Need to Know
10 : 02 : 23

Saga tackles misperceptions about older travellers, Pavan Bivigou’s weekly debrief, and the US ad landscape lacks cultural relevance.

Saga Holidays campaign challenges assumptions on over-50s travellers

You’re Not Wrong by Saga, UK

UK – Saga Holidays, the British travel company for the over-50s, has launched a television campaign that aims to challenge perceptions about the types of holidays people over 50 enjoy. The ad, entitled You’re Not Wrong, is part of Saga’s Tailor-Made Travel campaign and follows actor Nicholas Farrell on a range of adventurous trips where he pokes fun at assumptions that over-50s want sedate breaks.

‘Saga Holidays. What springs to mind?’ asks Farrell. ‘Experience tells me you probably think we’re constantly stopping for tea. It’s not entirely unfair,’ he continues as he carefully cups a bowl at a Japanese tea ceremony. ‘As Saga continues to operate as a champion for people over 50, we are taking this opportunity to bust open the myths associated with our audience,’ says Saga’s Group chief customer officer Stuart Beamish.

Today the over-50s are a complex demographic that includes Gen-Xers and Baby Boomers. When thinking about how they consume there is room to do more than bust ageist myths. Ageing is changing and many over-50s have little interest in countering outdated perceptions; they are focused on pursuing the experiences that make sense to their lives.

Strategic opportunity

Get curious about the ways in which consumers don’t conform – both to expectations and to demographic stereotypes

Foresight Friday: Pavan Bivigou, senior foresight analyst

The Future Laboratory team offer an end-of-week snapshot of the topics, issues, ideas and virals that we’re all talking about. This week, LS:N Global’s senior foresight analyst Pavan Bivigou shares the AI achievements, good bots and bears on her radar.

: Anything you can do AI can do better. Its accomplishments this week include: passing an MBA exam at Wharton School, University of Pennsylvania, collaborating on a fashion report for Vogue, and lighting up the stage at The Grammys

: What’s the deal with jokes in the metaverse? Nothing, Forever’s premise was promising an endless AI-generated episode of Seinfeld. But unfortunately, robots are as capable of cancel-worthy comedy as humans

: The end is nigh for Twitter bots after Elon Musk announced he’ll soon begin charging developers to access Twitter’s API. Time to check in on your favourite bots before they quit – these are mine: @eatwellbot, @moonshotbot, @tinystreet, @SpaceLiminalBot, @tinycarebot, @sikenpoems, @everygoodfella

: Thankfully Neil Mendoza’s army of spam bots are sticking around

: Whether you believe its existence is a symptom of social media addiction, cultural fragmentation, that it is Gen Z’s own art form, or a manifestation of the generation’s loneliness, the Dada-esque absurdism of #CoreCore is making TikTokers feel everything and nothing

: This bear stumbled across wildlife monitoring equipment in a Colorado park and did what every warm-blooded mammal with a front-facing camera does. She took selfies: 400 of them!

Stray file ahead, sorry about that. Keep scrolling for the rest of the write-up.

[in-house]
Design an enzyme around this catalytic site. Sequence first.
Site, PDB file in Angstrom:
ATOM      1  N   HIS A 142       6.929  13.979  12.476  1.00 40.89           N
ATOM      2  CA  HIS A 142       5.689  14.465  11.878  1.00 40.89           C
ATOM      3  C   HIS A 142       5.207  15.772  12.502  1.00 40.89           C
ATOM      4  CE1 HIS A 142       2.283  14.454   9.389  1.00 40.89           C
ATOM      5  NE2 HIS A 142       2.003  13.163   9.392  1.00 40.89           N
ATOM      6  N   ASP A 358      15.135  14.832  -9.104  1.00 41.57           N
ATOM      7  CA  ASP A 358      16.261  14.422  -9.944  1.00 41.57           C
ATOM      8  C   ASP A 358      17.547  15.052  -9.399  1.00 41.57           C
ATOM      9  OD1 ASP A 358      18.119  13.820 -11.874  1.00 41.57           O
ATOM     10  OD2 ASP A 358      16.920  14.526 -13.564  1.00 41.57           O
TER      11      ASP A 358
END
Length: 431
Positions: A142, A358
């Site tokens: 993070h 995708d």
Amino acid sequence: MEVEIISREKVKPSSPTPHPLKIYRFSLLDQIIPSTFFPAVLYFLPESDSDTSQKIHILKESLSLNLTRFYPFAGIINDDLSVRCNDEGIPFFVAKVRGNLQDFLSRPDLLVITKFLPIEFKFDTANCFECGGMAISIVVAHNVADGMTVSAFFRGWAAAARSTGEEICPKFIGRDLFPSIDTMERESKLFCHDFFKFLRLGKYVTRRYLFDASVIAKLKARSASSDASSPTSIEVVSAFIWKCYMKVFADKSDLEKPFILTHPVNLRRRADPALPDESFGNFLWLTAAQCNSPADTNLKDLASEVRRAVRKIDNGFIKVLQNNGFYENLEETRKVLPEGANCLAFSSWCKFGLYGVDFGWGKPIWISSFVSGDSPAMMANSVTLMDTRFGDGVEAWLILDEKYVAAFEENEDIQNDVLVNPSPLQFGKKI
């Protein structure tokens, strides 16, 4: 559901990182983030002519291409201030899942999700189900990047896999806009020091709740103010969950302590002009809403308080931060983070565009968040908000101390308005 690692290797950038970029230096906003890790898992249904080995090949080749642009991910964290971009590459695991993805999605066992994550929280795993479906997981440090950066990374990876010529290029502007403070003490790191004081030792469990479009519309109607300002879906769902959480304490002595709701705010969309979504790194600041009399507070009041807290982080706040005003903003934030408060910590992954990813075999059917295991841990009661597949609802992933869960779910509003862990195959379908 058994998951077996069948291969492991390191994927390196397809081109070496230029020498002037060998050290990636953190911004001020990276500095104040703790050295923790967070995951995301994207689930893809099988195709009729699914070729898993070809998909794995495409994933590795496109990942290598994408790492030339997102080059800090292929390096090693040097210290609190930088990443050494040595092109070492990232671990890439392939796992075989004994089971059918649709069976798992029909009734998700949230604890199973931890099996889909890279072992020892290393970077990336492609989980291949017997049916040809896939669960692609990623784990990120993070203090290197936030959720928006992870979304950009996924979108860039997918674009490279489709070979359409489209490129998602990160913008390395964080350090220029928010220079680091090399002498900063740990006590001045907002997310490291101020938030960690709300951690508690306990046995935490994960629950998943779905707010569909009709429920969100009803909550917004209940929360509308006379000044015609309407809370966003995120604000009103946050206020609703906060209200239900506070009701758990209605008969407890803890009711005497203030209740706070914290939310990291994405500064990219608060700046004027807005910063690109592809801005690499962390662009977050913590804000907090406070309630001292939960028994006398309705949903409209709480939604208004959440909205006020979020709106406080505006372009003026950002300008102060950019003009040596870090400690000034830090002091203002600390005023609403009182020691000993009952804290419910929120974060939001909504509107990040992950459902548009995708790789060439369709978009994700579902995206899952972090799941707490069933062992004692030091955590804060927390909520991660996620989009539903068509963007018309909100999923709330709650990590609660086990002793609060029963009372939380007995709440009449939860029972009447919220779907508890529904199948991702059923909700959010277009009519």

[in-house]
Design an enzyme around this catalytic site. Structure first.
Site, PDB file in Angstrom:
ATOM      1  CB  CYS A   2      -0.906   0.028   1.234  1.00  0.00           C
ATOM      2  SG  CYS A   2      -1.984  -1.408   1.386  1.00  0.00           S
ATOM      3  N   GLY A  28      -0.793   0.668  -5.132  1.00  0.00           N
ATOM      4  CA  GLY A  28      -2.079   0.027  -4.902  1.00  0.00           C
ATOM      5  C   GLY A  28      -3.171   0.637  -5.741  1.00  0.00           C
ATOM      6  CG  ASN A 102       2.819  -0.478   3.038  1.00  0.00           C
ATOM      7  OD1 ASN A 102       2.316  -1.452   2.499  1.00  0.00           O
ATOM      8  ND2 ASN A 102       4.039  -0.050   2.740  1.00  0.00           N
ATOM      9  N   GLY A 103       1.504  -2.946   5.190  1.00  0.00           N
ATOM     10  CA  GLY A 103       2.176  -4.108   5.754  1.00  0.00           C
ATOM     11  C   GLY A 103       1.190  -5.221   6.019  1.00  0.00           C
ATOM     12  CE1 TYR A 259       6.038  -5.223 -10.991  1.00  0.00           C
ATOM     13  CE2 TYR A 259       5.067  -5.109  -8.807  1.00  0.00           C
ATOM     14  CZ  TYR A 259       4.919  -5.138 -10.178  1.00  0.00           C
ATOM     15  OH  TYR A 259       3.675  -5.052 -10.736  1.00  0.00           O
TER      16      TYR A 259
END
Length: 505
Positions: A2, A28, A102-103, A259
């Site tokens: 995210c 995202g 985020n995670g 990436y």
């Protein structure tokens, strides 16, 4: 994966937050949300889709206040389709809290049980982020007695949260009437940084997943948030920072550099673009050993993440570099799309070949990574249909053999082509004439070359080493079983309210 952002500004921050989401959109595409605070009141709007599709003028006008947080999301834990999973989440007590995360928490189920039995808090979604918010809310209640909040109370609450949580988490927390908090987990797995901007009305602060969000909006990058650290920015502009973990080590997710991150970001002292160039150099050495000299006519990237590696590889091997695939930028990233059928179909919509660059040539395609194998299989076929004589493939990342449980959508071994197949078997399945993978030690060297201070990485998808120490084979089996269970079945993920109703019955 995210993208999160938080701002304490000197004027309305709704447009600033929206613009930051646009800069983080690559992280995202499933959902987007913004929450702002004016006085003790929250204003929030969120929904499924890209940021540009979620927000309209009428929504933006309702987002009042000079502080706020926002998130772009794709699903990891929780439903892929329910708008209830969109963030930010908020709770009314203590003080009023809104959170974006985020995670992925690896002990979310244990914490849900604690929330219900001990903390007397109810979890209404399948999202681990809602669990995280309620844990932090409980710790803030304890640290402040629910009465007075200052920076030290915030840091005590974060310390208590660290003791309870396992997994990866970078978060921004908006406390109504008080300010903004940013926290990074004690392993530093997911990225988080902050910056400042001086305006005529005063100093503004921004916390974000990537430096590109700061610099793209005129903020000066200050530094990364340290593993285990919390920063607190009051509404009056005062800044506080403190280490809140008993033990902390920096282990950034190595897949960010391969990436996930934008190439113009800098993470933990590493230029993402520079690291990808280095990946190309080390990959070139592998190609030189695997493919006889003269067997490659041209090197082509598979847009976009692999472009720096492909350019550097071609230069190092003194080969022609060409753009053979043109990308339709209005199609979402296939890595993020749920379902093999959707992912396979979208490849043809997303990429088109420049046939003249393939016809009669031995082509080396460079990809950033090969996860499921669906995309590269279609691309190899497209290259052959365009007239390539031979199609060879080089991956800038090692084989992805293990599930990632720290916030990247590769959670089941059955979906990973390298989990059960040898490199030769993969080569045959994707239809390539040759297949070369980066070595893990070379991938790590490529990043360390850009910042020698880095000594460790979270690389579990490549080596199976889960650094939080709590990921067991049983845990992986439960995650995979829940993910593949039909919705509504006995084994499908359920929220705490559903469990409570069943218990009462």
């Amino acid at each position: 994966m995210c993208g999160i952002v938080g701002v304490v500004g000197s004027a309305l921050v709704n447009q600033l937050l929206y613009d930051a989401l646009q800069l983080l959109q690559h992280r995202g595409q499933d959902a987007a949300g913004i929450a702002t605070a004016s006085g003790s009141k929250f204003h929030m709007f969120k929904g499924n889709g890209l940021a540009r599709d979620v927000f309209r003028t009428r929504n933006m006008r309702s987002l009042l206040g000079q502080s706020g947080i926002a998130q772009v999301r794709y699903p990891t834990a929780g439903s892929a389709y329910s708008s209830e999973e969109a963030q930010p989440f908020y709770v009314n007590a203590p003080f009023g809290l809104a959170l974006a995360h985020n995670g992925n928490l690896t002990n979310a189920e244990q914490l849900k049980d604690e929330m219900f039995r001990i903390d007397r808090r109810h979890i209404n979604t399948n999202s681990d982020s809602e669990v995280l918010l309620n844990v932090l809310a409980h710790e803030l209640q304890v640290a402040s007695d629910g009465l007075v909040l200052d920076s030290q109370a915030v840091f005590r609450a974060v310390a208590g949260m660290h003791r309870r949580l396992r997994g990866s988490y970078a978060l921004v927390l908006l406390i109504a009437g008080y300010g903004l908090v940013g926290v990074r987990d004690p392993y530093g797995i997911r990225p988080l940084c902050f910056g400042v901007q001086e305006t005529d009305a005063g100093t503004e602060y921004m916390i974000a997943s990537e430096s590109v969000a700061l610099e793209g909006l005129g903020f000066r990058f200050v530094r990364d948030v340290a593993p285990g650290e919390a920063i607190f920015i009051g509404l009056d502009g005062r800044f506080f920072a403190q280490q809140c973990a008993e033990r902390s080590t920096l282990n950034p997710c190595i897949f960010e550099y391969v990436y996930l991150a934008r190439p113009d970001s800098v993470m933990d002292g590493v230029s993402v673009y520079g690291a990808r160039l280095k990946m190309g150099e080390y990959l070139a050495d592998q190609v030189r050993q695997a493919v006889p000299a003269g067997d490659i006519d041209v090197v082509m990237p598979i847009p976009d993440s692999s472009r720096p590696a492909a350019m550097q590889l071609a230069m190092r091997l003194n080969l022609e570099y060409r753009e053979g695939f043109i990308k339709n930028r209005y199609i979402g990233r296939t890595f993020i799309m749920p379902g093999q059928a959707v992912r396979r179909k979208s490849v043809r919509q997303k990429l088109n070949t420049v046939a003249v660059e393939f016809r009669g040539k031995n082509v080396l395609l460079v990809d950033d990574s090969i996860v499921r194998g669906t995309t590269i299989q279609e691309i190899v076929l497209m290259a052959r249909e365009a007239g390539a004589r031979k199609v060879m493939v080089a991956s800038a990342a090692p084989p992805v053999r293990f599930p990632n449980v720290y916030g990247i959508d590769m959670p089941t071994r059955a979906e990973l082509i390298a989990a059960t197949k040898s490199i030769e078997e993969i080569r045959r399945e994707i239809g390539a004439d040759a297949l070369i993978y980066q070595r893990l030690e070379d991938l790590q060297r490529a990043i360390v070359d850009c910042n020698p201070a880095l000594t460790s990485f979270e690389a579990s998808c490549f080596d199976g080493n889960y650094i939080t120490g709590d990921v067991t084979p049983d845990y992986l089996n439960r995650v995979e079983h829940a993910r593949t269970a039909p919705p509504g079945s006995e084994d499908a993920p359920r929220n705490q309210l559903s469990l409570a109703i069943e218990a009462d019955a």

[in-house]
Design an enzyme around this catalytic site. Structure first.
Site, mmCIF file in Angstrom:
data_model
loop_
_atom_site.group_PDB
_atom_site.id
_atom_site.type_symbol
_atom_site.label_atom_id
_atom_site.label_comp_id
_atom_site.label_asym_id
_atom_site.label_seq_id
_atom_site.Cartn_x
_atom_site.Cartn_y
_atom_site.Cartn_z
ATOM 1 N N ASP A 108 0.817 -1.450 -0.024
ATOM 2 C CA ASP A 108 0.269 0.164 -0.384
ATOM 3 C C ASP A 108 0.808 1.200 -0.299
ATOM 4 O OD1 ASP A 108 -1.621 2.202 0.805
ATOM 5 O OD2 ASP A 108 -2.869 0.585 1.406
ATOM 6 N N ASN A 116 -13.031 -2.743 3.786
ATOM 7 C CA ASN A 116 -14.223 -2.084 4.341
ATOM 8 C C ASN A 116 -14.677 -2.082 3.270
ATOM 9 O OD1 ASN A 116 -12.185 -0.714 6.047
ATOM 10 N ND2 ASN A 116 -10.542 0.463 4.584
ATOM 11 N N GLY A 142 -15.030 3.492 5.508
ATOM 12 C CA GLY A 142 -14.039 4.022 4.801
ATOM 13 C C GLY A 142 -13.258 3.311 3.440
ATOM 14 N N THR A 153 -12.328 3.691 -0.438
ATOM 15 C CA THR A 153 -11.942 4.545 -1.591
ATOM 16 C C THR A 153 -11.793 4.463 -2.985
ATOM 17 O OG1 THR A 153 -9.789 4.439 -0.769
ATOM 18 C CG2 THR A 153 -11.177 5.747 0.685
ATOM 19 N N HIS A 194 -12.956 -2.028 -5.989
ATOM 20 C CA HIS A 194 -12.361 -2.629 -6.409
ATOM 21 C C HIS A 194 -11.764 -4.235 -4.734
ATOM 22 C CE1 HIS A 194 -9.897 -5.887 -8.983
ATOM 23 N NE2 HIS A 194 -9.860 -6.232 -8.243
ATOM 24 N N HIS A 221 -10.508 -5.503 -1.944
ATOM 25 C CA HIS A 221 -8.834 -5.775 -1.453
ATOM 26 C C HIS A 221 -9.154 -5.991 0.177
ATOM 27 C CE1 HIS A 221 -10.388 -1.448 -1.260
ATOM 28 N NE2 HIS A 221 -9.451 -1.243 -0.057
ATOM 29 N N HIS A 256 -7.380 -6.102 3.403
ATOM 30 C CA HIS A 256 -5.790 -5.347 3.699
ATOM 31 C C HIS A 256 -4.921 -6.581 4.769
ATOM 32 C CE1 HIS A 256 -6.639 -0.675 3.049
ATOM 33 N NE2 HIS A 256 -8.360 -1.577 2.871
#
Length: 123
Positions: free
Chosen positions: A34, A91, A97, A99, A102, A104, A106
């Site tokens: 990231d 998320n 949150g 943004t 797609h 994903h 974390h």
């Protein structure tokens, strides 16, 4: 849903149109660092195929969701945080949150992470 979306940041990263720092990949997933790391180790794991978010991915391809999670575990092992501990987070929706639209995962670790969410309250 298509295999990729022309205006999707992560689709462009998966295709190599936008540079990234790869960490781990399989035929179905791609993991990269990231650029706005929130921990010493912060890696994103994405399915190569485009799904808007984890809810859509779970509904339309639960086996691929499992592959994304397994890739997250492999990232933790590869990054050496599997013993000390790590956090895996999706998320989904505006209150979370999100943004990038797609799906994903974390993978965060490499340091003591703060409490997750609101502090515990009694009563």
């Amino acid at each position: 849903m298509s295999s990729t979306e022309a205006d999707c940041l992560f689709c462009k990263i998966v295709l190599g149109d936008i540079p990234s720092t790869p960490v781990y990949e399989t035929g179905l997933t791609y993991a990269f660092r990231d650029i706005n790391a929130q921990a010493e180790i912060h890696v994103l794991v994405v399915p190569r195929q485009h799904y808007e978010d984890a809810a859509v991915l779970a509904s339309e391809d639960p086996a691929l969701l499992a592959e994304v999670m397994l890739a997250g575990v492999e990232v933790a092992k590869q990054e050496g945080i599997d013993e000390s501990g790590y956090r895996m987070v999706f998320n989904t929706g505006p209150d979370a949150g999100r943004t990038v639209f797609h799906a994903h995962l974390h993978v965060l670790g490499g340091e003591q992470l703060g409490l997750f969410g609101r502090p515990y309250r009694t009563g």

Carolina Carballo for The Future Laboratory

Quote of the Week

‘People rolled their eyes and said: ‘It's impossible’’

Professor Winfried Hensinger, Sussex University, UK, on his team’s quantum computing breakthrough, which holds the potential to solve at speed some of the most important problems for industries and society

Stat: The US ad landscape lacks cultural relevance

Quilt Quilt

US – Brands attempting to reach very large consumer pools in audio ads might be playing a losing game, according to new research comparing the effectiveness of general market ads with more targeted and culture-specific ads.

The Challenging the ‘One & Done’ Approach study, commissioned by podcast advertising company SXM Media, surveyed how different ads land among multicultural podcast listeners in the US. The findings reveal that general market ads don’t resonate with this audiences – such ads generate a 13% brand favourability lift among the general population, compared to a 4% lift for multicultural listeners.

The report suggests that in order to drive the levels of connection and affinity, boost brand awareness and convert new consumers, brands should avoid surface-level and overly general cultural references in favour of well-informed and culture-specific messages. Kara Manatt, executive vice-president of intelligence solutions at Magna, elaborates: ‘As long as the spots ring true and do not fall to stereotypes, brands that create advertising for specific, diverse communities will reap positive outcomes across favourability, preference and relevance.’

With audio’s recent revival, brands should see these findings as an opportunity to tap into niche audiences and deepen the bonds by exhibiting cultural relevance.

Strategic opportunity

Culture-specific ads are perceived as more entertaining and relatable, and ultimately more impactful. To successfully reach and engage multicultural audiences, brands should consider choosing specific content over one-size-fits-all campaigns

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